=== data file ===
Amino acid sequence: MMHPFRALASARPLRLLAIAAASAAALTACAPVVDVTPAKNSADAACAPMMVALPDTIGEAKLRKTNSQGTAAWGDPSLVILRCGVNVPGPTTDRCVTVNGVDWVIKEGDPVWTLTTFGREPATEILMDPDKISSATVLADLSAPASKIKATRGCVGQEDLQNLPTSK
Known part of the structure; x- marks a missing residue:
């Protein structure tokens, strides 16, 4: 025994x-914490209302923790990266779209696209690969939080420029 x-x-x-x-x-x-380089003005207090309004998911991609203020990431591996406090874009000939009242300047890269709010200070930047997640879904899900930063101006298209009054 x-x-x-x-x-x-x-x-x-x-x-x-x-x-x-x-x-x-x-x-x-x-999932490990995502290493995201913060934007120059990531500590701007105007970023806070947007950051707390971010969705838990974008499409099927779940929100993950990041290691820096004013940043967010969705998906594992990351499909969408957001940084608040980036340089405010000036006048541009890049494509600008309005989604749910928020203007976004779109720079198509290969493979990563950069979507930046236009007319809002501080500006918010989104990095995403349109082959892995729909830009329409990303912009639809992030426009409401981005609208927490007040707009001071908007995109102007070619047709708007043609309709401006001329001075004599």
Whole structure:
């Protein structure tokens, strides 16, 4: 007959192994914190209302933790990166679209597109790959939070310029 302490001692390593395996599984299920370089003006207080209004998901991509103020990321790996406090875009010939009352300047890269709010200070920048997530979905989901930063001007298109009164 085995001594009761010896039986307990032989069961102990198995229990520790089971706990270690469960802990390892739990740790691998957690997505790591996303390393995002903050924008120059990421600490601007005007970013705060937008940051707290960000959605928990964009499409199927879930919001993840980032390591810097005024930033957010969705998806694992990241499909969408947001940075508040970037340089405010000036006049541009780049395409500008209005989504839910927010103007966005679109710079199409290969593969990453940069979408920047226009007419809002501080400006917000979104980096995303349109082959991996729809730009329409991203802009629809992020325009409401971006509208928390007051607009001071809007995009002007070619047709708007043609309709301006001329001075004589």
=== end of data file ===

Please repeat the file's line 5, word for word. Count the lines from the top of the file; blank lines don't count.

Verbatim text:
């Protein structure tokens, strides 16, 4: 007959192994914190209302933790990166679209597109790959939070310029 302490001692390593395996599984299920370089003006207080209004998901991509103020990321790996406090875009010939009352300047890269709010200070920048997530979905989901930063001007298109009164 085995001594009761010896039986307990032989069961102990198995229990520790089971706990270690469960802990390892739990740790691998957690997505790591996303390393995002903050924008120059990421600490601007005007970013705060937008940051707290960000959605928990964009499409199927879930919001993840980032390591810097005024930033957010969705998806694992990241499909969408947001940075508040970037340089405010000036006049541009780049395409500008209005989504839910927010103007966005679109710079199409290969593969990453940069979408920047226009007419809002501080400006917000979104980096995303349109082959991996729809730009329409991203802009629809992020325009409401971006509208928390007051607009001071809007995009002007070619047709708007043609309709301006001329001075004589």